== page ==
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Doug Krizner: More than 250 mayors from around the country meet in Washington today for their annual conference. The housing crisis will get a lot of attention. It's depressed property values and eroded real-estate taxes. The mayors will also look at ways to cash in on the coming green revolution. From the Sustainability Desk, Marketplace's Dan Grech has more.
Dan Grech: The U.S. Conference of Mayors has been a leader in fighting global climate change. While the U.S. government has rejected the Kyoto Protocol, 750 mayors have pledged to meet Kyoto's targets for greenhouse gas reduction in their own cities.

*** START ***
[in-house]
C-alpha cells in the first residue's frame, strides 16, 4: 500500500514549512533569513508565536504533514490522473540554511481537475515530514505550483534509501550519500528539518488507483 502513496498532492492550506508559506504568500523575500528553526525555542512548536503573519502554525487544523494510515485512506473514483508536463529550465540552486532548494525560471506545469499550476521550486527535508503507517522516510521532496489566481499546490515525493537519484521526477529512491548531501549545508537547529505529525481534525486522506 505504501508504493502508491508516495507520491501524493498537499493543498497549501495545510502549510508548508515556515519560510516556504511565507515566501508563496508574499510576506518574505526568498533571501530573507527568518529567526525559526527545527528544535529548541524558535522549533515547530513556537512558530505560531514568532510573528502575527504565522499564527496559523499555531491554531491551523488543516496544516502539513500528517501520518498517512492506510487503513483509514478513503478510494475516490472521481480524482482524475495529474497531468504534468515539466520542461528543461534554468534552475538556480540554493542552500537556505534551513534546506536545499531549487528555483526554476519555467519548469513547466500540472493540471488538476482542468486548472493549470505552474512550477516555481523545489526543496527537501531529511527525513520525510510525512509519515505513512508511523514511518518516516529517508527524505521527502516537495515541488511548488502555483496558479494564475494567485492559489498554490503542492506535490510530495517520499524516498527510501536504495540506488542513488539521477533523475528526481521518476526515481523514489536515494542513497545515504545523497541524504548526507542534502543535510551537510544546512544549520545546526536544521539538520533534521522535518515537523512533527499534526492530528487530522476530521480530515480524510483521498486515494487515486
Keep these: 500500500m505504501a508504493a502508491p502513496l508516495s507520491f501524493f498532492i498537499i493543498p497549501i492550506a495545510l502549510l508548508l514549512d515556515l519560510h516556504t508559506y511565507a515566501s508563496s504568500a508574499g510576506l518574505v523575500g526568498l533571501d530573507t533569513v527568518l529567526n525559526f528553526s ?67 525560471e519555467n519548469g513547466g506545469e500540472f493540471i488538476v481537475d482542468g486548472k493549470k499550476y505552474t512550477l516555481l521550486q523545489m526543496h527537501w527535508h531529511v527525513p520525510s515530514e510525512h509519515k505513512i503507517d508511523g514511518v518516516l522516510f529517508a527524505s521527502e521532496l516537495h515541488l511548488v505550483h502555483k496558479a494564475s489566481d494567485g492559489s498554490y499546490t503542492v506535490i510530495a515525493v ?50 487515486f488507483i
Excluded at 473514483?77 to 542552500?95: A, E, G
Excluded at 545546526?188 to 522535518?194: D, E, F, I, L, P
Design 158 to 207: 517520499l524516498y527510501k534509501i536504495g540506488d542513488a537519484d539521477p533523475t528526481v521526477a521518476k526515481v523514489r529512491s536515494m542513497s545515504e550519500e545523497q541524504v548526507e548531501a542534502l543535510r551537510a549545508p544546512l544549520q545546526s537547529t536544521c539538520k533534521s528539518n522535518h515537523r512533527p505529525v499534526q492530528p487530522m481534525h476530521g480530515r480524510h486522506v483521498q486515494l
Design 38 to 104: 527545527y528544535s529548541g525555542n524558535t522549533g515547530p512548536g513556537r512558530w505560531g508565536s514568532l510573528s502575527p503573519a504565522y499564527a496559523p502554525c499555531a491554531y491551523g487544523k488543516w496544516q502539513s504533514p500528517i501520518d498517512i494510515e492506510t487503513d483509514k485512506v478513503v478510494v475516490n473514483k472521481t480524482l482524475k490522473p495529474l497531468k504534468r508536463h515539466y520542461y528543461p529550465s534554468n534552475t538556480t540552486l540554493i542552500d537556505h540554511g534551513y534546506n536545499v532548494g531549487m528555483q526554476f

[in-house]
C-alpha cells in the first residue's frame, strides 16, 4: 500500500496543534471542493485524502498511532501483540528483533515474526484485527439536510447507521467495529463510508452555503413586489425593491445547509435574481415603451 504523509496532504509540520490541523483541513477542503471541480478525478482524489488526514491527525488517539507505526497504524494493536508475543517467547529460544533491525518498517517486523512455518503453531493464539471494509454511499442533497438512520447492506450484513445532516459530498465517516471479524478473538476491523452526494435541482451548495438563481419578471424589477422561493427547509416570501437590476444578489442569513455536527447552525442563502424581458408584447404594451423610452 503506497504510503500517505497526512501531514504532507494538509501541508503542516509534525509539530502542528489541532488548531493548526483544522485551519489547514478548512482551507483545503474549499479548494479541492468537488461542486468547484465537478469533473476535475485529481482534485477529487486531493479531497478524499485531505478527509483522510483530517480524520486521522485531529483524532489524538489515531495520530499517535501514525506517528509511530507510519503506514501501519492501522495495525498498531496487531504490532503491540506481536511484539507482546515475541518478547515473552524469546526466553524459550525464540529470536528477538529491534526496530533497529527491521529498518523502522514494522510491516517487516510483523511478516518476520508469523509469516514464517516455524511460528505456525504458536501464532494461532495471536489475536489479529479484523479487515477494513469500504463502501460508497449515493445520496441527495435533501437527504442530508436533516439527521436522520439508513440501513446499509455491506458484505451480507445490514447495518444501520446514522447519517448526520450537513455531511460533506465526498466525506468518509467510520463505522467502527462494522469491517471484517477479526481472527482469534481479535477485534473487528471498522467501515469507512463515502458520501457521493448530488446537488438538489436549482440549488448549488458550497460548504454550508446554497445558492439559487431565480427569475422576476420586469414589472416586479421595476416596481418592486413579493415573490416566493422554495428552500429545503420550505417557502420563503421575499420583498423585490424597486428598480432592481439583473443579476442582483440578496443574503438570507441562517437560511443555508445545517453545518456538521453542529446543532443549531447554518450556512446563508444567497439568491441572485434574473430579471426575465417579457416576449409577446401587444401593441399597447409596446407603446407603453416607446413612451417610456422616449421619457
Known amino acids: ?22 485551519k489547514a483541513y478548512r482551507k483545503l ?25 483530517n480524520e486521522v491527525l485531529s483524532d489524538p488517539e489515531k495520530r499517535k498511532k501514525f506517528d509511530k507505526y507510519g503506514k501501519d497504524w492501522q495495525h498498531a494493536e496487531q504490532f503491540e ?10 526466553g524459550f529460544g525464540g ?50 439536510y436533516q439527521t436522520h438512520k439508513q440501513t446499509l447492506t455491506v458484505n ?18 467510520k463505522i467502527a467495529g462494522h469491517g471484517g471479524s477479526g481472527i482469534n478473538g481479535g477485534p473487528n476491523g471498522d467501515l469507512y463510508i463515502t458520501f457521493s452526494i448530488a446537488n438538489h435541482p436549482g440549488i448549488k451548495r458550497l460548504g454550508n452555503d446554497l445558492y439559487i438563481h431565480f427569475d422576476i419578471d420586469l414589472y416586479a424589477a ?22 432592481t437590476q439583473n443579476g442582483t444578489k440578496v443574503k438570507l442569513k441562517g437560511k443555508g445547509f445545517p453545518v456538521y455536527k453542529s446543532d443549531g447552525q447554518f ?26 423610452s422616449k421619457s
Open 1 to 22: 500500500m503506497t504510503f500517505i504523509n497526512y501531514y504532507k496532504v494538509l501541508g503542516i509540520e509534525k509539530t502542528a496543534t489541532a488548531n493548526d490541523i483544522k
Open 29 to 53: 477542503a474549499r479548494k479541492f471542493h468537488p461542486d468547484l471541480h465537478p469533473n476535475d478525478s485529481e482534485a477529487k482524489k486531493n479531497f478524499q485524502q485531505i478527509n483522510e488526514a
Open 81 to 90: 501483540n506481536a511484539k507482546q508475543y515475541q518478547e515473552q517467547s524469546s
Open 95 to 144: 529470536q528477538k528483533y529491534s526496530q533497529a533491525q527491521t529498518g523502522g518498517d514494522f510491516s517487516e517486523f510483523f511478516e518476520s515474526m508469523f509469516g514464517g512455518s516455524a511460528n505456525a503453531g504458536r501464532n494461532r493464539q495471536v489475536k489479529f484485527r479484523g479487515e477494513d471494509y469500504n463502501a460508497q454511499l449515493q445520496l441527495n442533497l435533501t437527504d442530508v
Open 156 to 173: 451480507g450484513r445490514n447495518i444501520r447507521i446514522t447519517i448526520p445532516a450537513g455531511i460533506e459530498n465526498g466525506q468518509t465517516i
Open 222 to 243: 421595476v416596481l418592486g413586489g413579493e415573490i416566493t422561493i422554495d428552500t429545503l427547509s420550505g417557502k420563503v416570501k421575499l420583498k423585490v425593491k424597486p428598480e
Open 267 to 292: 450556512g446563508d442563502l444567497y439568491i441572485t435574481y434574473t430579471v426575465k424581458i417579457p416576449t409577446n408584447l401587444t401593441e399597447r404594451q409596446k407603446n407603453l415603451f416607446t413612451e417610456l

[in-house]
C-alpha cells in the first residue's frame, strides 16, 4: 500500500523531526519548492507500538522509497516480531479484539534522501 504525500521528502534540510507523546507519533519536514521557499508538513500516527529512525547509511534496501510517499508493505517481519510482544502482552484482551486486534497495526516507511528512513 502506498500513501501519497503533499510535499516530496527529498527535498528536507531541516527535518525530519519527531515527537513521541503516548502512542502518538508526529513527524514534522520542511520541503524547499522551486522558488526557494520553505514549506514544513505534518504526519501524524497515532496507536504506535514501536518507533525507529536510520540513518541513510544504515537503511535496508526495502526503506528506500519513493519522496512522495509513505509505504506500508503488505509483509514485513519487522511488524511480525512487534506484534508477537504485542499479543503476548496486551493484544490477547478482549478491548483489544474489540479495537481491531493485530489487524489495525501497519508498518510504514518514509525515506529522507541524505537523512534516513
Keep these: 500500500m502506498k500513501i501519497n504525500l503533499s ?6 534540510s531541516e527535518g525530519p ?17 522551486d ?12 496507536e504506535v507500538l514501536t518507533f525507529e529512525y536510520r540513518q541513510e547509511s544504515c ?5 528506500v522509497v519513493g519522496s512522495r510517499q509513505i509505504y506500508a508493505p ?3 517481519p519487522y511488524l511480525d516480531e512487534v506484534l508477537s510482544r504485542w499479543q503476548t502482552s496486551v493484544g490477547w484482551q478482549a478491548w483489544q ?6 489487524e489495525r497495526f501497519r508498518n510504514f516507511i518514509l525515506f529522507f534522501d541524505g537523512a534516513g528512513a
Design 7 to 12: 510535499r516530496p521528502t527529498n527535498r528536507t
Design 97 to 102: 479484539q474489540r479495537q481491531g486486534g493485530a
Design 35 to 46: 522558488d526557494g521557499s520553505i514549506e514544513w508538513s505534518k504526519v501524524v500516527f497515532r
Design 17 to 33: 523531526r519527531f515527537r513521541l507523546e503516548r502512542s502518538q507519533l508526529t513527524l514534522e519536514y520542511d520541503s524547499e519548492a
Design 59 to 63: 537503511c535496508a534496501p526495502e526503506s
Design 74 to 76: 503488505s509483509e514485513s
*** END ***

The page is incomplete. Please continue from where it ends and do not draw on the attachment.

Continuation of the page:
Tom Cochrane is executive director of the U.S. Conference of Mayors:
Tom Cochrane: In addition to saving the planet and making it a healthier place to live, the economic impact is going to be very much like the Silicon Valley was in the 90's. I think there's a high-growth area here for green jobs and green careers and green businesses.
Ten billion dollars in block grants will be available over the next five years for climate-change initiatives.
Cochrane says housing foreclosures have forced cities to deal with a different sort of green issue. Across the country, abandoned homes are overgrown with weeds, blighting neighborhoods.
Cochrane: I said what can we do to help, and one mayor jokingly said, "We need some lawn mowers."
I'm Dan Grech for Marketplace.